ADVERTISEMENT
See Inside August/September 2007

The Hidden Power of Culture

The society in which we live influences the way our brain perceives the world

Culture influences the songs we sing, the steps we dance and the words we write. It also shapes our brains. Scientists have long known that neuroplasticity allows individual events to sculpt the brain's form and function. Now there is evidence that life experience as intangible as culture can also reorganize our neural pathways. Recent research has found that culture influences the way a person's brain perceives visual stimuli such as scenes and colors.

In one study, psychologists showed people 200 complex scenes, such as an elephant in a jungle or an airplane flying over a city, while scanning their brains with functional magnetic resonance imaging (fMRI). The team, led by Denise C. Park of the University of Illinois, studied young and elderly subjects from the U.S. and Singapore. For Westerners of all ages, the images triggered activity in a part of the brain associated with object recognition called the lateral occipital region, whereas the same object-associated areas were not activated in the older Asians' brains.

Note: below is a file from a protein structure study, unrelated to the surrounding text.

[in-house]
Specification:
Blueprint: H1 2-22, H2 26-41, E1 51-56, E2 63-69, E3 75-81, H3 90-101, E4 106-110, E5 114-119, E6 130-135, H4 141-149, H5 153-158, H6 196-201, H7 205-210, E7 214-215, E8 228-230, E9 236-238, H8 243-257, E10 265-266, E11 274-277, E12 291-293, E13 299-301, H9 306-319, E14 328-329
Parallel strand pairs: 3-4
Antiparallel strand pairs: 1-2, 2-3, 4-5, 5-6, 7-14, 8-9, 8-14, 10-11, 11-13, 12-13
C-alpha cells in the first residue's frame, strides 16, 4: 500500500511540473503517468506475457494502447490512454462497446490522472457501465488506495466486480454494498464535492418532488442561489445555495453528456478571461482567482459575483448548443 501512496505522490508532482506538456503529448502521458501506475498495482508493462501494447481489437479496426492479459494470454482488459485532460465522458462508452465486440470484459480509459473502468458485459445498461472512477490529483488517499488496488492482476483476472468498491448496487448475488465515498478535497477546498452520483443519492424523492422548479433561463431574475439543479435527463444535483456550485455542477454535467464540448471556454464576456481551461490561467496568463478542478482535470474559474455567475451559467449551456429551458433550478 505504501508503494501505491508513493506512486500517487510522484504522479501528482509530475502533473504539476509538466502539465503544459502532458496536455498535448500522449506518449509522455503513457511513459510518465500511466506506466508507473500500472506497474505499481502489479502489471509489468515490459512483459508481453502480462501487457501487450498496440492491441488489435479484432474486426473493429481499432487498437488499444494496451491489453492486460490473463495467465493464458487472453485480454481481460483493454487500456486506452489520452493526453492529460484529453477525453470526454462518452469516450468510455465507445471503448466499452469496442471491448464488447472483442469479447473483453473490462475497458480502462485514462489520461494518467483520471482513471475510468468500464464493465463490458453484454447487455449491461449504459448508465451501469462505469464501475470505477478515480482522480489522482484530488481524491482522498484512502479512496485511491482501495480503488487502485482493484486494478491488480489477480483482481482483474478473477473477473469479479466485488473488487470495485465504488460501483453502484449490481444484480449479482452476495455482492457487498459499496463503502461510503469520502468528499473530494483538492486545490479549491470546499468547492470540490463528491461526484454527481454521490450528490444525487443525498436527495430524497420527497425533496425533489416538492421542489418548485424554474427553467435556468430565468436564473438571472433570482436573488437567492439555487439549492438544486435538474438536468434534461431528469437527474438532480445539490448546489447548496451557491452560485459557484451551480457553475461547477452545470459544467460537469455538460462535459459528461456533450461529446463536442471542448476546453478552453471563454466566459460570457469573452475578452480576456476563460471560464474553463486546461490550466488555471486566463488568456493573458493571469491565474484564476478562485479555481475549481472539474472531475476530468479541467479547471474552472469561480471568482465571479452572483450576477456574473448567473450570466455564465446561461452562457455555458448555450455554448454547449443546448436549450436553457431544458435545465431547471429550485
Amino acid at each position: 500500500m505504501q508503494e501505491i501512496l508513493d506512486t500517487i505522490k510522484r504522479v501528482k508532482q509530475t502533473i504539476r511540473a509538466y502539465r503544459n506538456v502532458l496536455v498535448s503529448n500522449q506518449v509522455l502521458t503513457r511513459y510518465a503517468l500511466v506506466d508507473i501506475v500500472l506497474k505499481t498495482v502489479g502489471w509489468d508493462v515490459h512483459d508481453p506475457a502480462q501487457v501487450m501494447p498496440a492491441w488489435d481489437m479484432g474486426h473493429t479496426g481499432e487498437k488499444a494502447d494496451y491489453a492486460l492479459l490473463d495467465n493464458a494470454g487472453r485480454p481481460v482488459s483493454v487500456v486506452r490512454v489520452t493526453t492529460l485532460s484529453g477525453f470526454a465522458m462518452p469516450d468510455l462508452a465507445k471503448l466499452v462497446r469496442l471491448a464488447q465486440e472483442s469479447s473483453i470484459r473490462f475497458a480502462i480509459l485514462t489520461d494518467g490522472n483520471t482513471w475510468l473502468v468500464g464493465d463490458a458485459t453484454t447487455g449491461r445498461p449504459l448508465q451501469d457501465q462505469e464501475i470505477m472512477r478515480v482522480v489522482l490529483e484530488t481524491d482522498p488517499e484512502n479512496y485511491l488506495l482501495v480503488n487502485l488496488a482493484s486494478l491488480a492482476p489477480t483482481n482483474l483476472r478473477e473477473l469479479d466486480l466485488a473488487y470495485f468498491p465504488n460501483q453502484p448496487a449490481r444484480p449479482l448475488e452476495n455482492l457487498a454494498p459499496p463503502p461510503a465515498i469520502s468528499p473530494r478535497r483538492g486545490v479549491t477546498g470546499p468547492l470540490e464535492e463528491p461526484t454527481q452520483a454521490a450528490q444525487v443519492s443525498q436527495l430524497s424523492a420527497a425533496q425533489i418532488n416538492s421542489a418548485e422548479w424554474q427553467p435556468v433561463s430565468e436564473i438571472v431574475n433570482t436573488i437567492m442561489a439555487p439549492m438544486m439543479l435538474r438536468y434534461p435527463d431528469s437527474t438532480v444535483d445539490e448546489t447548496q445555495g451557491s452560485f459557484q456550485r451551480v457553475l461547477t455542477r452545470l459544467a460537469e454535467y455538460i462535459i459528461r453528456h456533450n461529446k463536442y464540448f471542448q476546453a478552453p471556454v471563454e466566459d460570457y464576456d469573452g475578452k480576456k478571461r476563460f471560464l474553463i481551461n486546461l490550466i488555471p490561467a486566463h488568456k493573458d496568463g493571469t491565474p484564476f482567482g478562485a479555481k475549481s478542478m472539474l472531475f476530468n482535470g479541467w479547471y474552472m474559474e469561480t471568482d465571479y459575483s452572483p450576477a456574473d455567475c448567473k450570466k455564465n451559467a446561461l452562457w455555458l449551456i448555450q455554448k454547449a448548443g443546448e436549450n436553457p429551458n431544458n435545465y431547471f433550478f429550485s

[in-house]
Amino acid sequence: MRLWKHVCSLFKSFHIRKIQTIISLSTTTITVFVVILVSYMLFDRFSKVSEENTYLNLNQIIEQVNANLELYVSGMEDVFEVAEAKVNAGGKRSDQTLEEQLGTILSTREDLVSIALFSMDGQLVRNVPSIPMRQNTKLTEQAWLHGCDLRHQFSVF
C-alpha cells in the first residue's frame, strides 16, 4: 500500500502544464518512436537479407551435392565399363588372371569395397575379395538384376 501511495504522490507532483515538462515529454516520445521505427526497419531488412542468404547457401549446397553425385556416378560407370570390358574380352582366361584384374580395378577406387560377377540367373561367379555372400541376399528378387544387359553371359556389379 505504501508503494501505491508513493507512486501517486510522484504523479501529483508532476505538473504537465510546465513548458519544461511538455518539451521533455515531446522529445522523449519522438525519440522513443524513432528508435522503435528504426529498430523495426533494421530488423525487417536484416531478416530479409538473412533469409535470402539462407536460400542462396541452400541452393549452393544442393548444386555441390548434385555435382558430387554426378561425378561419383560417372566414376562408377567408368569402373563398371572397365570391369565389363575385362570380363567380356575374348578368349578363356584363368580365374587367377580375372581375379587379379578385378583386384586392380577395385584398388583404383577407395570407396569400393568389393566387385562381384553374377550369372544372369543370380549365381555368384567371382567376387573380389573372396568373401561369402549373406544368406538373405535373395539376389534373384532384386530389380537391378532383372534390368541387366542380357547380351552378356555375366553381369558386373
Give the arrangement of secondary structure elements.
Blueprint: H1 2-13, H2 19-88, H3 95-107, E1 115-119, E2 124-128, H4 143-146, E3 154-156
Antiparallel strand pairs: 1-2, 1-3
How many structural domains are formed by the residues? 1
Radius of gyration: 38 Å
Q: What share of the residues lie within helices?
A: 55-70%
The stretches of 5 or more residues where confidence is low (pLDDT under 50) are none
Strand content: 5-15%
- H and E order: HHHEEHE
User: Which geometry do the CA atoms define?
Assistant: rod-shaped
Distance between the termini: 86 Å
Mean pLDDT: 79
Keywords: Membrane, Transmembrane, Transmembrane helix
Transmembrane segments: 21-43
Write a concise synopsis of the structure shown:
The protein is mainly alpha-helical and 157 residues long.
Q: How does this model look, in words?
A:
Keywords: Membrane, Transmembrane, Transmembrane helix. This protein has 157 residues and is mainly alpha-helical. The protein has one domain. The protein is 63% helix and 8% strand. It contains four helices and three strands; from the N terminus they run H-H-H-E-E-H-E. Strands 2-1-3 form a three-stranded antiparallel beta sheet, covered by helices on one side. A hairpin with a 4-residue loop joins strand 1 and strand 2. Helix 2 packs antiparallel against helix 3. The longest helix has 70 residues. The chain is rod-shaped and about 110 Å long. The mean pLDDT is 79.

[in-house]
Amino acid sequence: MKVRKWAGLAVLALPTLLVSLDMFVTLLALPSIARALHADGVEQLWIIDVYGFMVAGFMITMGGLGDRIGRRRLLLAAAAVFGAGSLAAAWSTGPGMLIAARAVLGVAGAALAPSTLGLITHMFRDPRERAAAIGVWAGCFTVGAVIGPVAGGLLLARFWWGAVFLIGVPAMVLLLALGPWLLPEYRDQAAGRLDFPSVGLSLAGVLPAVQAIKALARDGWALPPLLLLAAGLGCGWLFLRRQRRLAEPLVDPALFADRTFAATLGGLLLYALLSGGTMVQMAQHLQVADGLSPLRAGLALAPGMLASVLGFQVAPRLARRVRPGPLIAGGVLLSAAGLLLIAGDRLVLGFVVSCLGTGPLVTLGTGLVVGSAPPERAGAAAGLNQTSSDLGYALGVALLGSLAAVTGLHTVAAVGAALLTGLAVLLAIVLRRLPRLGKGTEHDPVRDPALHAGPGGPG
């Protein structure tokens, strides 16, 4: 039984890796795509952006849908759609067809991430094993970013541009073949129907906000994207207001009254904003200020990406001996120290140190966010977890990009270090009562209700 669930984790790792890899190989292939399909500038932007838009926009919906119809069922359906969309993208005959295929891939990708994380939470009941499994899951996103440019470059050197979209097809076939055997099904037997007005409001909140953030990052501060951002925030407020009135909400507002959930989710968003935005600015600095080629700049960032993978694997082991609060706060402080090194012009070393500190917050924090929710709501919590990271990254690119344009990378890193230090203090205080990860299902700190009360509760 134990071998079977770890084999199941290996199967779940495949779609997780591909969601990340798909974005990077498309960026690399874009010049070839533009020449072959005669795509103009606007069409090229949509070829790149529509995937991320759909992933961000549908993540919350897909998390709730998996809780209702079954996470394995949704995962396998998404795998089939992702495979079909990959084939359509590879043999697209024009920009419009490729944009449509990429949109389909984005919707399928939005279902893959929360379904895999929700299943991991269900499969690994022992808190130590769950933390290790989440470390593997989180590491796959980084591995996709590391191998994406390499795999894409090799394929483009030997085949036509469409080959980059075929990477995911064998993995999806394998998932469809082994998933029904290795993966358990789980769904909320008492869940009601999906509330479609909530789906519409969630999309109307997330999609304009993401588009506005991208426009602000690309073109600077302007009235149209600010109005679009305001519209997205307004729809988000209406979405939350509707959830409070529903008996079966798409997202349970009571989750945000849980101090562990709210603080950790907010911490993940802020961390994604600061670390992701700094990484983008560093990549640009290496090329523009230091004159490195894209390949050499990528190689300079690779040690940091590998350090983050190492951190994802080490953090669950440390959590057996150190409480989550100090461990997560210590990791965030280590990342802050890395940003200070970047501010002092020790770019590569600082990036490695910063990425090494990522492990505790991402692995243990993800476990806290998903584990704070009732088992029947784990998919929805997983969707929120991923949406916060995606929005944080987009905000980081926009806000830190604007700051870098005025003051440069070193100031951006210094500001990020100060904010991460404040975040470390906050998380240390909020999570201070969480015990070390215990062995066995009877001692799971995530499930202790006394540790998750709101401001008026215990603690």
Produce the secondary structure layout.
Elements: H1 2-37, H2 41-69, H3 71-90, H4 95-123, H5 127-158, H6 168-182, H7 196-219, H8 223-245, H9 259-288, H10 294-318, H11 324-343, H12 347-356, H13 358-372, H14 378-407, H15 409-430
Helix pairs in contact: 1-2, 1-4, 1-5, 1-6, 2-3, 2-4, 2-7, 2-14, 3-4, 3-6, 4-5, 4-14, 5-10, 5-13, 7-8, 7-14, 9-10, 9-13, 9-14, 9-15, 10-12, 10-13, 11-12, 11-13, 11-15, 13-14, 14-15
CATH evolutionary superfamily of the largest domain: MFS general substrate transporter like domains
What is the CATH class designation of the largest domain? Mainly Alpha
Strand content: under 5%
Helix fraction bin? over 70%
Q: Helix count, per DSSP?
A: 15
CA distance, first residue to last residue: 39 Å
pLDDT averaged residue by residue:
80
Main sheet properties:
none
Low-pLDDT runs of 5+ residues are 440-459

“An Asian would see a jungle that happened to have an elephant in it,” Park explains. “Meanwhile a Westerner would see the elephant and might notice the jungle.” Because the Asian subjects' responses differed between the two generations, while the older Americans matched the youths in their interpretation of the landscapes, the researchers concluded that the culture people grow up in plays a role in how they interpret what they see.

Language, says Stanford University cognitive scientist Lera Boroditsky, helps to convey and maintain a culture's conventions—and similarly affects perception. In an unrelated study, she found that Russian speakers, whose language includes two words that make a mandatory distinction between light blue and dark blue, could more quickly distinguish between shades of the color than English speakers could. In this case, language meddled in the simple task of differentiating among hues. With an infinite number of ways to perceive the world, Boroditsky says, every culture's guidebook helps to focus our brain's attention on the characteristics most important to our life.

Share this Article:

Comments

You must sign in or register as a ScientificAmerican.com member to submit a comment.
Scientific American Dinosaurs

Get Total Access to our Digital Anthology

1,200 Articles

Order Now - Just $39! >

X

Email this Article

X